Ed Sheeran says he’ll quit music if he loses Thinking Out Loud copyright case

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Ed Sheeran has reportedly suggested that he will quit his music career if he’s found liable for copyright infringement in the court case centred on his song Thinking Out Loud.

The musician, 32, has been sued by the heirs of the late Ed Townsend, who is credited as having co-written Marvin Gaye’s song Let’s Get It On. It was released in 1973.

It has been claimed that Sheeran’s award-winning song Thinking Out Loud plagiarised harmonic progressions as well as melodic and rhythmic elements from the other song.

His defence instead argue that Sheeran’s song – which was released in 2014 and later went on to win two Grammy Awards – was created “without copying” Let’s Get It On.

Townsend’s estate are said to be seeking a share of the profits from Sheeran’s song, which had featured on his second album Multiply, which was also released in 2014.
The ongoing trial over the alleged similarities between the songs began on April 24 at the Manhattan Federal Court and it has continued at the court in New York this week.

Sheeran testified as part of the trial last week and he is understood to have returned to the courtroom to provide further testimony during proceedings on Monday (May 1).

Sheeran, pictured leaving Manhattan Federal Court on May 1, has been in attendance at the trial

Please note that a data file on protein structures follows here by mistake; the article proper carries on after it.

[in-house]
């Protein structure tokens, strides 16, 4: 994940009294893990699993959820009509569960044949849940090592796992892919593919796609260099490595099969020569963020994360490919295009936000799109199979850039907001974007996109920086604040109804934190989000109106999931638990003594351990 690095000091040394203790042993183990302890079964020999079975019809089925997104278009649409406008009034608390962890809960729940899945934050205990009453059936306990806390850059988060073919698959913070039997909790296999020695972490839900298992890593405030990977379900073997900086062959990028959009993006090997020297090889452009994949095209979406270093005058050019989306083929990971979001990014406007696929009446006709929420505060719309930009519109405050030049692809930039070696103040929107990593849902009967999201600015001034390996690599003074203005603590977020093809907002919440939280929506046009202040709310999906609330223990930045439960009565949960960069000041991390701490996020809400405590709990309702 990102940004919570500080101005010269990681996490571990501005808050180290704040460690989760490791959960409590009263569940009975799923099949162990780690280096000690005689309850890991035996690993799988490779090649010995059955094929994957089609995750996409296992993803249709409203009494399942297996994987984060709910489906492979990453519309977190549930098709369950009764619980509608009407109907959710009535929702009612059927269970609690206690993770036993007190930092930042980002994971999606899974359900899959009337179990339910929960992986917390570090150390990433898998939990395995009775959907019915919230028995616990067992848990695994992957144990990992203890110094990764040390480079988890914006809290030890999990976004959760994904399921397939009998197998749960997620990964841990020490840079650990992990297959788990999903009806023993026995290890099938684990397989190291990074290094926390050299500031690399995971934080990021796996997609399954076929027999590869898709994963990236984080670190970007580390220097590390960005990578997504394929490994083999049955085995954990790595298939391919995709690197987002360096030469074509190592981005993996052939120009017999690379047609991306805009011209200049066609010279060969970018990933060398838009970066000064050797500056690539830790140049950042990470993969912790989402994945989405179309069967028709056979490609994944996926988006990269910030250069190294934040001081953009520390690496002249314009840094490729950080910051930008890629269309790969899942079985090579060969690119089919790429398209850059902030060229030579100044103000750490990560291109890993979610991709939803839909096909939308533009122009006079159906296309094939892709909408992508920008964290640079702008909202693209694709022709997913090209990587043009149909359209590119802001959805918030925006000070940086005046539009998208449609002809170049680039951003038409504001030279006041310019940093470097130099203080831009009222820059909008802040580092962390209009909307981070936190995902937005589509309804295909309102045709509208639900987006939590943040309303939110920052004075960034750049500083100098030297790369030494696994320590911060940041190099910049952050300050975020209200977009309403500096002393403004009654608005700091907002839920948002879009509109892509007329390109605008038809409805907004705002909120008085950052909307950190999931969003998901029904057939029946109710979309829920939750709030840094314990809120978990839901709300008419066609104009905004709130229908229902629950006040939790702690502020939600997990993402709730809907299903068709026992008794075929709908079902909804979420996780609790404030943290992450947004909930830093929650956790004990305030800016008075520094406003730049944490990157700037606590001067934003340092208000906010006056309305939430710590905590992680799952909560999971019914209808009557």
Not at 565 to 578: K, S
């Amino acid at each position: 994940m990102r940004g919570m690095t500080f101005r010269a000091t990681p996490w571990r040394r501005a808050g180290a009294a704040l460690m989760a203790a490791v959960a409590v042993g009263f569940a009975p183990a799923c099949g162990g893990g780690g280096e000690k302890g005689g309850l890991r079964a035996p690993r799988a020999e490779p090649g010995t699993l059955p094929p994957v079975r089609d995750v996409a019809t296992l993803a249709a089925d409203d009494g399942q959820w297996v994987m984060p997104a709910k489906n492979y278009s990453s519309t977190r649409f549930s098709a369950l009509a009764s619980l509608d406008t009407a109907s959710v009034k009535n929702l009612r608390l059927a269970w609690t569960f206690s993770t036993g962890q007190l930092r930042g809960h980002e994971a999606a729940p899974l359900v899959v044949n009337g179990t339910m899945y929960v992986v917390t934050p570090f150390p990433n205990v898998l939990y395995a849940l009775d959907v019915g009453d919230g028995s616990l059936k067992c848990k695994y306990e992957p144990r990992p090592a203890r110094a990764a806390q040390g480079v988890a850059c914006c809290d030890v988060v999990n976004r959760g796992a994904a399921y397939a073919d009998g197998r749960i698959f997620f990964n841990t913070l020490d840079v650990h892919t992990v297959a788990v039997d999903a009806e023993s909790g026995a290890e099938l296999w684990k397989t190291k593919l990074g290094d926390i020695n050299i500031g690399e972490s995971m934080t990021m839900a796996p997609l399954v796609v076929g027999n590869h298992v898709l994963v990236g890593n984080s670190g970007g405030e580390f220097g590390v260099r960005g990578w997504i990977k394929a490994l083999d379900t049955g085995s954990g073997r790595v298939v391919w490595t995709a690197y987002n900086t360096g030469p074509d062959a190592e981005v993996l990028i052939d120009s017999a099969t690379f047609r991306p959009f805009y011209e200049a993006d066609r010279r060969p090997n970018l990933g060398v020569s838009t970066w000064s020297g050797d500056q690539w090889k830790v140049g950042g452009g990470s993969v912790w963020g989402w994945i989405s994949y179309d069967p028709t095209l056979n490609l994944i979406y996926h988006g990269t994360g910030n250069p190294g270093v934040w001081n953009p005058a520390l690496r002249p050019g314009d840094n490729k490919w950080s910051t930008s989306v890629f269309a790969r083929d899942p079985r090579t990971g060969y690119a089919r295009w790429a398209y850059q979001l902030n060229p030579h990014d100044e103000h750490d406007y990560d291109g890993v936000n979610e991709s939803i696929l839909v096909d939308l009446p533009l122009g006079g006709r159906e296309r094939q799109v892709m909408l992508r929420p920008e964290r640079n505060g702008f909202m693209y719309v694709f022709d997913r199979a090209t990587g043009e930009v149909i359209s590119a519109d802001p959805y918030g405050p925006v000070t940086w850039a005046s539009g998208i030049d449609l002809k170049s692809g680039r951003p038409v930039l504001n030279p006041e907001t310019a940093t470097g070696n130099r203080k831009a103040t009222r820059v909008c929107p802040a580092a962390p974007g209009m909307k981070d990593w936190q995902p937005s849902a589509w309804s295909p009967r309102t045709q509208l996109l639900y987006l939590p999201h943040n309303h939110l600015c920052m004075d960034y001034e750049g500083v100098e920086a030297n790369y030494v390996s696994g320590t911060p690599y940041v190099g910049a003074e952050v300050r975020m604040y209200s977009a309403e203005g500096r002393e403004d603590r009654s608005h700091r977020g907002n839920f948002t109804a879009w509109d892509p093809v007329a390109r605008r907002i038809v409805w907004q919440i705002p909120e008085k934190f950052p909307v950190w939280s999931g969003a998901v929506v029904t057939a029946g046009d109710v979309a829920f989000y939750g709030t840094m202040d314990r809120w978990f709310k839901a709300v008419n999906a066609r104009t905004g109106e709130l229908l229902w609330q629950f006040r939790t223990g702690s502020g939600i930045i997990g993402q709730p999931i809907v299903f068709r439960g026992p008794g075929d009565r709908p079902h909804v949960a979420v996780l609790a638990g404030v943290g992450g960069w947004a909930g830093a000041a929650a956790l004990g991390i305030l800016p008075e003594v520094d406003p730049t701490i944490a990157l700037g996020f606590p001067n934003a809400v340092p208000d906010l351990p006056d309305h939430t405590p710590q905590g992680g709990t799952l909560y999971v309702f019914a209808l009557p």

As reported by the MailOnline, Sheeran suggested he will quit music if he loses the case. He said about the prospect of losing: “If that happens, I’m done, I’m stopping.”
“I find it really insulting to devote my whole life to being a performer and a songwriter and have someone diminish it,” he added when speaking to the court.

Last week, Sheeran is said to have performed a version of Thinking Out Loud in the courtroom during proceedings. He reportedly played a guitar to demonstrate how he came up with the lyrics and the chord progression.

It has been previously reported that if the jury finds Sheeran liable for copyright infringement, the trial will enter a second phase to determine how much he and his record labels owe in damages.

The trial continues.




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